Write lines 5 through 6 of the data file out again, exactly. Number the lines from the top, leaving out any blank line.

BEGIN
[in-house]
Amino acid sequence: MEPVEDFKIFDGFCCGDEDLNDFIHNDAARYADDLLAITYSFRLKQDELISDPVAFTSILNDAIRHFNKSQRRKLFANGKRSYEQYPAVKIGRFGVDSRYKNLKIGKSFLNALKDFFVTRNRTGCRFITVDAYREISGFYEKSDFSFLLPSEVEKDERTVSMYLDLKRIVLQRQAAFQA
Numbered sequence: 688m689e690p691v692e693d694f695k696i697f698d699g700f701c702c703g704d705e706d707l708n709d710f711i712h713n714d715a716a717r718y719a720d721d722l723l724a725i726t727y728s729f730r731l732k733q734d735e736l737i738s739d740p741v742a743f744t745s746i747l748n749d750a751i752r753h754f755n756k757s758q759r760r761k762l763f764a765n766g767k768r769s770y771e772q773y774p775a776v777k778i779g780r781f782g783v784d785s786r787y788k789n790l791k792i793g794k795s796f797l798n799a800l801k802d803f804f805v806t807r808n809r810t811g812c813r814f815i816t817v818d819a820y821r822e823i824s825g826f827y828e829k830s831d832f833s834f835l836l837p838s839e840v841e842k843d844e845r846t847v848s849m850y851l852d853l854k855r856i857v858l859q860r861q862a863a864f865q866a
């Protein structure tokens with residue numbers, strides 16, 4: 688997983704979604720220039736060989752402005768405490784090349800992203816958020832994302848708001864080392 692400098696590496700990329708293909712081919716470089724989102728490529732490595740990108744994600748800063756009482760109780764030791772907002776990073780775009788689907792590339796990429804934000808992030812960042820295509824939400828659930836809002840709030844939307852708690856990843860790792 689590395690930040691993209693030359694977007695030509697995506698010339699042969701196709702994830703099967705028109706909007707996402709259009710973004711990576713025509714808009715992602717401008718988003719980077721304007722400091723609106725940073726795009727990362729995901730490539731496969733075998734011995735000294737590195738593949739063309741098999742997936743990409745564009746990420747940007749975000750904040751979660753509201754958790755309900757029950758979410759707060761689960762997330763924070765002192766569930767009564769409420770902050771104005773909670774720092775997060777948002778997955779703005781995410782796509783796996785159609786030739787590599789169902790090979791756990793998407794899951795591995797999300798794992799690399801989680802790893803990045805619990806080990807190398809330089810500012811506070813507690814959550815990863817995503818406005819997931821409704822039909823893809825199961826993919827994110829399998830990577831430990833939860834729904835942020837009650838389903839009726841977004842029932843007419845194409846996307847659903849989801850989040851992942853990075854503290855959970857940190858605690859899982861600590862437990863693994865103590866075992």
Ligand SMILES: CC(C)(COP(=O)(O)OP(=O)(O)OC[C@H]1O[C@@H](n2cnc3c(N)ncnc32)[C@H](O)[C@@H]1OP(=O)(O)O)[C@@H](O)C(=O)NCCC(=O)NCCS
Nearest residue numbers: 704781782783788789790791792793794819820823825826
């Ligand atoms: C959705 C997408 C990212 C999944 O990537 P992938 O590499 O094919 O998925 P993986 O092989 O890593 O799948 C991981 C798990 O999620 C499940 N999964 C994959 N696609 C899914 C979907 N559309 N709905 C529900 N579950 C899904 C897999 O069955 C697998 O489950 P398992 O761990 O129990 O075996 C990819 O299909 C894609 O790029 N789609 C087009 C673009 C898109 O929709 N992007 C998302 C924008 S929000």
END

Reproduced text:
Ligand SMILES: CC(C)(COP(=O)(O)OP(=O)(O)OC[C@H]1O[C@@H](n2cnc3c(N)ncnc32)[C@H](O)[C@@H]1OP(=O)(O)O)[C@@H](O)C(=O)NCCC(=O)NCCS
Nearest residue numbers: 704781782783788789790791792793794819820823825826